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Award-winning authors with ties to Oklahoma, along with regional, published and emerging authors/writers, will read from their works Thursday through Saturday [APRIL 3-5] at East Central University.

Featured authors in ECU's third annual Scissortail Creative Writing Festival will be Dayna Dunbar, Phil Heldrich and Diane Glancy. More than 50 authors and writers from Texas to Minnesota, Washington and Arizona will read from their novels, poetry, essays and other works. All sessions are free and open to the public.

"We wanted to put together an event where writers could come together and read," said Dr. Ken Hada, associate professor of English and languages at ECU. "We focus on creative writing by letting authors read their short stories and poems, and their work speaks for itself. 

"Over a three-day period it becomes very inspiring," he said. It's a great way to celebrate creativity."

The Scissortail Creative Writing Festival also includes the Darryl Fisher High School Creative Writing Contest. The winners will receive cash prizes for poetry and short fiction at 6:30 p.m. Thursday in the Estep Multimedia Center in the University Center.

Following the presentation, Dayna Dunbar, a native Oklahoman, will read from her first novel, "The Saints and Sinners of Okay County," set in her hometown of Yukon, and its sequel, "The Wings that Fly Us Home."

Dunbar, who lives in Sedona, Ariz., studied media communications at a college in New Mexico but a discouraging teacher led her to believe she would never succeed as a writer. As part of a master's degree program in spiritual psychology at the University of Santa Monica, she wrote her first novel about a woman who overcomes her self-doubt and shame to follow her own inner voice and find her authentic self. The book, which was published shortly after her graduation, was named the Oklahoma Reads Oklahoma Book of 2006.

Phil Heldrich is the author of two award-winning books, "Out Here in the Out There: Essays in a Region of Superlatives," which won the Mid-List Press First Series Award for Creative Nonfiction, and "Good Friday," winner of the X.J. Kennedy Poetry Prize. He will read from both books at 11 a.m. Friday in the Estep Multimedia Center.

His fiction, literary criticism and reviews have been published in numerous journals and anthologies. He holds a doctorate in English literature from Oklahoma State University and is an associate professor at the University of Washington in Tacoma.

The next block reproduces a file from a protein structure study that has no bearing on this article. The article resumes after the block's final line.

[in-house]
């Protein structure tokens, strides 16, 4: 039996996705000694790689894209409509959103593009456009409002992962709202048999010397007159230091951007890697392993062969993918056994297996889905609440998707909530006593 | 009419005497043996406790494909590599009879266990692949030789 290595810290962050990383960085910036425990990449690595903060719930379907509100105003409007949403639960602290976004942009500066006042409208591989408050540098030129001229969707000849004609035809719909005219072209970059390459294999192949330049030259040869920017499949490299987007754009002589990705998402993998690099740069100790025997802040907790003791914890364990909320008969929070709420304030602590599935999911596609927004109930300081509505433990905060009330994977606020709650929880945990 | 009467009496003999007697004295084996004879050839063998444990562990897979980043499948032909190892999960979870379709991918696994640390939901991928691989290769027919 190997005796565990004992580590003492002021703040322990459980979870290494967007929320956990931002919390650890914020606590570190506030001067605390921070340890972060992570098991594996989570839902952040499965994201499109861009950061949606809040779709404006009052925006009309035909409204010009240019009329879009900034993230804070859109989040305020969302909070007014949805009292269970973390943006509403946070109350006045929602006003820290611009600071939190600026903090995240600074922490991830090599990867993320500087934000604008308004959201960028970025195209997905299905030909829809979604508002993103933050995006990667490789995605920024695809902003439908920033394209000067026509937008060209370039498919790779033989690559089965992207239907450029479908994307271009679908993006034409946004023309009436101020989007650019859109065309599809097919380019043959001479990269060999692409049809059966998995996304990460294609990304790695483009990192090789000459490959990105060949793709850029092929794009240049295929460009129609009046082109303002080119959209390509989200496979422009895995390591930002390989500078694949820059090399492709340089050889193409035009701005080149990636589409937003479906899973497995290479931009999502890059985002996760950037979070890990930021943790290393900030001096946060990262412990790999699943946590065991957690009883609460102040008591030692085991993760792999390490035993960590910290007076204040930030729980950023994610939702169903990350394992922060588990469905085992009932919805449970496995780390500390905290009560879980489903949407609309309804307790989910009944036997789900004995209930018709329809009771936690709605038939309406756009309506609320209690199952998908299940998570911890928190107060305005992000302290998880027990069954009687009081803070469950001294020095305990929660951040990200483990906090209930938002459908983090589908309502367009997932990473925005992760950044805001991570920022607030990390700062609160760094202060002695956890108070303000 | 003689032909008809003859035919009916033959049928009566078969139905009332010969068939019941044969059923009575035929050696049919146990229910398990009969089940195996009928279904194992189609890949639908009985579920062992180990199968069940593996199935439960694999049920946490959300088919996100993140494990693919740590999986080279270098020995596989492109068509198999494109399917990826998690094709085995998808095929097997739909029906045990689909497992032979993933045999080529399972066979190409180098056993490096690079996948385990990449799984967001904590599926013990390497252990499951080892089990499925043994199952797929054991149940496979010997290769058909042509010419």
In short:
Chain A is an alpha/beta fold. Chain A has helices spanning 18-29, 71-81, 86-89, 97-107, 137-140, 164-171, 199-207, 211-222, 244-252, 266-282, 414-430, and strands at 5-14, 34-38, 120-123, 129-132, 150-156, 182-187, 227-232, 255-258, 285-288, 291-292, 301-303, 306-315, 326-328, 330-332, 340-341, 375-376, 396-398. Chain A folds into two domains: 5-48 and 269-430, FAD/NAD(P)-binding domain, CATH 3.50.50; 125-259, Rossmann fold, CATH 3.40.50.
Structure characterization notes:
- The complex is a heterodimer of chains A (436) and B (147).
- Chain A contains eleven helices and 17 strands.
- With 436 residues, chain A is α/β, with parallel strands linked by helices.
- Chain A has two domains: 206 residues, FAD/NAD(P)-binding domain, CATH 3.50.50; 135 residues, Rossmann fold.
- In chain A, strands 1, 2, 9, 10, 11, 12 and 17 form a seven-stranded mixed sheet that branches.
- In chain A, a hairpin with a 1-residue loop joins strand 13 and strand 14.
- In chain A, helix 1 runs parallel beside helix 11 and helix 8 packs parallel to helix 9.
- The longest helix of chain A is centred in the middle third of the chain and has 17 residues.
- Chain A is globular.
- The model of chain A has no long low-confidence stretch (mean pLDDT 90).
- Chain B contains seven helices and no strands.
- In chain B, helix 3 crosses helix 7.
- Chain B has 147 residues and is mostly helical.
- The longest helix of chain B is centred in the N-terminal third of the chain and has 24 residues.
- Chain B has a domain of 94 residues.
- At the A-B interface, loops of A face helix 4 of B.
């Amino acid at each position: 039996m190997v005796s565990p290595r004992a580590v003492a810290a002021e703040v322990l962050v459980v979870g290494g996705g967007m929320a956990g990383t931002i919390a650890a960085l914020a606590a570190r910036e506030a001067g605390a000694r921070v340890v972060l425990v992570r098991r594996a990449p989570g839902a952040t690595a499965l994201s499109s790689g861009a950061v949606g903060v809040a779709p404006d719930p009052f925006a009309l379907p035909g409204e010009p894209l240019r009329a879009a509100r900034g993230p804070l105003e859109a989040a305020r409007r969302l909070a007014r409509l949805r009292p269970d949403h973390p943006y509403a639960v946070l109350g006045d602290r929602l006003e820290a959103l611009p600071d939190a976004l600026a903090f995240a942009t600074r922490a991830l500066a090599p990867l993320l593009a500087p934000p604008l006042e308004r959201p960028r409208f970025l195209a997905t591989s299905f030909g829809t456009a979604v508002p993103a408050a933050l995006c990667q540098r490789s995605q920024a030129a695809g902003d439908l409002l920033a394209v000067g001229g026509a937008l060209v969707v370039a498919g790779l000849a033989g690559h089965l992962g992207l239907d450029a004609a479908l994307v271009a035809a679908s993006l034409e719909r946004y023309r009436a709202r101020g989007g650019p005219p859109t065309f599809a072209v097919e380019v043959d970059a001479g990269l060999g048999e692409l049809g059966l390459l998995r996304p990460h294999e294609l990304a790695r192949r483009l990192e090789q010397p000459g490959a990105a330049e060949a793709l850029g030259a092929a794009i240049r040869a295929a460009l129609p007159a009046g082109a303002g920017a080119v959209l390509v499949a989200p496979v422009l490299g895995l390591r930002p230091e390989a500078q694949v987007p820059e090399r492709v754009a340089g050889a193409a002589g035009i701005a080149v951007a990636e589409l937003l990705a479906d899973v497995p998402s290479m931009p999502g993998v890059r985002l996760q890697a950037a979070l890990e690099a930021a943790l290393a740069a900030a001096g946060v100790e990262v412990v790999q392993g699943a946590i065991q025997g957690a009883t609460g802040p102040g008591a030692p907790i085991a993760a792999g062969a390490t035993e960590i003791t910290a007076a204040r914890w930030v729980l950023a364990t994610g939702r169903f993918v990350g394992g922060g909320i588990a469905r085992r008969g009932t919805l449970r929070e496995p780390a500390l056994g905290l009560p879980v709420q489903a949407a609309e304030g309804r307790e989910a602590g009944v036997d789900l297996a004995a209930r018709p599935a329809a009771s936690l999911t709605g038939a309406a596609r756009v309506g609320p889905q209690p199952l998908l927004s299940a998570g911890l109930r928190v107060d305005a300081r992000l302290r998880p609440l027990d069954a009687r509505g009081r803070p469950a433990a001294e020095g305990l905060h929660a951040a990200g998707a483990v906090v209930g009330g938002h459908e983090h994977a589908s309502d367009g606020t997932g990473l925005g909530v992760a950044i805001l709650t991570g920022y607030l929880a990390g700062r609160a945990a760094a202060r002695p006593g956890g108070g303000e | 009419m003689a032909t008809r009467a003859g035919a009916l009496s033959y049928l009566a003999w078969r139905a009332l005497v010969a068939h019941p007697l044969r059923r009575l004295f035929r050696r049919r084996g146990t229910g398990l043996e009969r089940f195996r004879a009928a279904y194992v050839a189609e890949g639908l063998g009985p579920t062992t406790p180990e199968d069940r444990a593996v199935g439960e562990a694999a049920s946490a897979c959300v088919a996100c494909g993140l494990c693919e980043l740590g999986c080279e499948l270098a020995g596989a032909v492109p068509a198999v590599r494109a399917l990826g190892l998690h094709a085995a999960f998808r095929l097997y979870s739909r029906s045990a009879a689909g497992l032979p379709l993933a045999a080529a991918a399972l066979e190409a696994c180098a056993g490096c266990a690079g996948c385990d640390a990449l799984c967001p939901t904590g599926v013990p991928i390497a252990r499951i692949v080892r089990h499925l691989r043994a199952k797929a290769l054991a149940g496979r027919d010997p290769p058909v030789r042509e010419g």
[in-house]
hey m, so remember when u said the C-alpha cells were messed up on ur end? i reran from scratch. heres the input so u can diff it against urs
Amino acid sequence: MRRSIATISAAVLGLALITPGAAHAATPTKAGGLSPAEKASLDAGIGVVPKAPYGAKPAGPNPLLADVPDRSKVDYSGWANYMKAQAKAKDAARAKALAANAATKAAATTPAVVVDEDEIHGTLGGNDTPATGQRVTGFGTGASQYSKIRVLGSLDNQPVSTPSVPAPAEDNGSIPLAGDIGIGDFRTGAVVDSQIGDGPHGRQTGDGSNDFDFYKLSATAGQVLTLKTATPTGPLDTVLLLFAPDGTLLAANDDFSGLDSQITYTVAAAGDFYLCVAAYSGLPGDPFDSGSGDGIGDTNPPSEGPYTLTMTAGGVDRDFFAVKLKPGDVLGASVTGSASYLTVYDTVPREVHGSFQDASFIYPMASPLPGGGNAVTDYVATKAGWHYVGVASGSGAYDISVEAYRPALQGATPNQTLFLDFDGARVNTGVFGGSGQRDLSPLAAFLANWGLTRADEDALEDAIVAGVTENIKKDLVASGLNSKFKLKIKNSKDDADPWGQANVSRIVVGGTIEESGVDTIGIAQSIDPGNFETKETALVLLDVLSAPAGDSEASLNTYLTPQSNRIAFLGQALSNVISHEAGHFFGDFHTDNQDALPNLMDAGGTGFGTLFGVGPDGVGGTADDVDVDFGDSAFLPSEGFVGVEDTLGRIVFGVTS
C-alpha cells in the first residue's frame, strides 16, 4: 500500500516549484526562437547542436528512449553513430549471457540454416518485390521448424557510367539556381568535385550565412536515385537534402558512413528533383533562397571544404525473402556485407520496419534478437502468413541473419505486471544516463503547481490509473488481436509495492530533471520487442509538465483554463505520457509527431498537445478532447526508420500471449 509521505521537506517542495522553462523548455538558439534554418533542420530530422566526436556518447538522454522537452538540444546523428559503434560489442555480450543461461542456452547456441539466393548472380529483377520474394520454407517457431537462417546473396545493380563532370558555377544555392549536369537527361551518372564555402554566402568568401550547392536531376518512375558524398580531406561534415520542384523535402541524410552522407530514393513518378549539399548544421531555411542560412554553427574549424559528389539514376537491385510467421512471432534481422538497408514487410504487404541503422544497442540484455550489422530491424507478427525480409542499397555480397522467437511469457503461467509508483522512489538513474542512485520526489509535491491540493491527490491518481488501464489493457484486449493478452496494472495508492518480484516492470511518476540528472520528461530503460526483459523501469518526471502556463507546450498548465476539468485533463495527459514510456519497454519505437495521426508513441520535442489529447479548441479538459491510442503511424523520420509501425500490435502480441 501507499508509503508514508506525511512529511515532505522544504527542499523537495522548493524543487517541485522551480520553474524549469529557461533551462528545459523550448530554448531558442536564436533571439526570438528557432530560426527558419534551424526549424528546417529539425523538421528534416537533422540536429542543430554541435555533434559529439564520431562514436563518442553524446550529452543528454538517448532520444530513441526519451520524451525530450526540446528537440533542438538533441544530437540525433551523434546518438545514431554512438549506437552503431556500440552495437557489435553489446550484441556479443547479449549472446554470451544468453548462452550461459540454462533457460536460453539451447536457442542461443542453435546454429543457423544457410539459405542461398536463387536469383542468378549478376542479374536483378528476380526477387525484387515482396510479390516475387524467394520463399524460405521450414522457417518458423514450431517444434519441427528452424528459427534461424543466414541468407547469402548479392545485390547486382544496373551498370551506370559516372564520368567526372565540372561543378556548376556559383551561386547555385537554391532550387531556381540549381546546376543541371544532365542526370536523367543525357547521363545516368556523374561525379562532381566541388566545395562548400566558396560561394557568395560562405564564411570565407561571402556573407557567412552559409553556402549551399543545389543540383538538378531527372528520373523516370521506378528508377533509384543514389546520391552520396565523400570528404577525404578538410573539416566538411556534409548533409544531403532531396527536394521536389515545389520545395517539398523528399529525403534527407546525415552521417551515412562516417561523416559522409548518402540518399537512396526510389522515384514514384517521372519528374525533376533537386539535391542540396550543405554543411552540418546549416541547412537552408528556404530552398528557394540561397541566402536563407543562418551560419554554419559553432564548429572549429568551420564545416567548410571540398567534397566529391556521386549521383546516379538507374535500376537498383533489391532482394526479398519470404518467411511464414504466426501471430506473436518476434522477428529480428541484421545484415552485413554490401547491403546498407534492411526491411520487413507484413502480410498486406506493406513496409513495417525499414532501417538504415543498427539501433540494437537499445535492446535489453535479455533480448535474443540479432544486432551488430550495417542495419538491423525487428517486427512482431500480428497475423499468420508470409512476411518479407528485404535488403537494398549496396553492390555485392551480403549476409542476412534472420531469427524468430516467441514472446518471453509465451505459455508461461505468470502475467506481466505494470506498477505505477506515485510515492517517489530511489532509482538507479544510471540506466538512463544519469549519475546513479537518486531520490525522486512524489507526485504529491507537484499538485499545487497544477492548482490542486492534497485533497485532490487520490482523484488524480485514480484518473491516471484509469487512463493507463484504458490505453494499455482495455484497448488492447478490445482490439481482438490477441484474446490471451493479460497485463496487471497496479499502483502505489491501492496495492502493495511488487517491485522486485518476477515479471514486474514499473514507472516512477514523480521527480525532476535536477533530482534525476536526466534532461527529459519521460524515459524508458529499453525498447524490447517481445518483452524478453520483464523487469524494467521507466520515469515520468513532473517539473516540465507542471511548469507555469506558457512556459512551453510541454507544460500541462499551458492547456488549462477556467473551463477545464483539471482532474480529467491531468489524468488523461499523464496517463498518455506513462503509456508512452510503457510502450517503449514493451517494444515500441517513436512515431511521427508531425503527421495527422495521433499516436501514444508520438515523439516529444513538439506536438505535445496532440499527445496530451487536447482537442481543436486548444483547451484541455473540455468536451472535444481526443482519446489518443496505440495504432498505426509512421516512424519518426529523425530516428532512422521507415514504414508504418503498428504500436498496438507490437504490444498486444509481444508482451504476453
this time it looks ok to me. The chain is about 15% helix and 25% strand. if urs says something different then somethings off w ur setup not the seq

Heldrich also directs the Southwest/Texas Popular and American Culture Associations, and for seven years directed the Bluestem Press which sponsors the nationally acclaimed Bluestem Poetry Award.

Diane Glancy will read from "Asylum in the Grasslands" and "Pushing the Bear," a novel of the Trail of Tears, at the 6:30 p.m. session Friday in the Estep Multimedia Center. She has taught at Macalester College in St. Paul, Minn. Since 1988.

Her poetry, scripts, essays and fiction have earned her numerous literary prizes including an American Book Award, the Minnesota Book Award in Poetry, the Native American Prose Award and a Sundance Screenwriting Fellowship.

Glancy was an artist in residence for the State Arts Council of Oklahoma from 1980 to 1986, traveling the state to teach writing, oral communication and critical thinking. She earned a master's degree from the University of Central Oklahoma and received UCO's Distinguished Alumni Award in 2006.

"The sessions are set up to where someone can come and listen for an hour or two and then come back the next day to a different session," Hada said.

Other writers will read their works in sessions in the Estep Center throughout the day on Thursday and Friday, beginning at 9:30 a.m. Concurrent sessions will be held on Friday and Saturday in Estep Center and the North Lounge in the Memorial Student Union. Saturday's sessions will begin at 8:30 a.m. and conclude at 12:45 p.m.

For more information, contact Dr. Ken Hada at 580-559-5557 or go to for a complete schedule of the readers.

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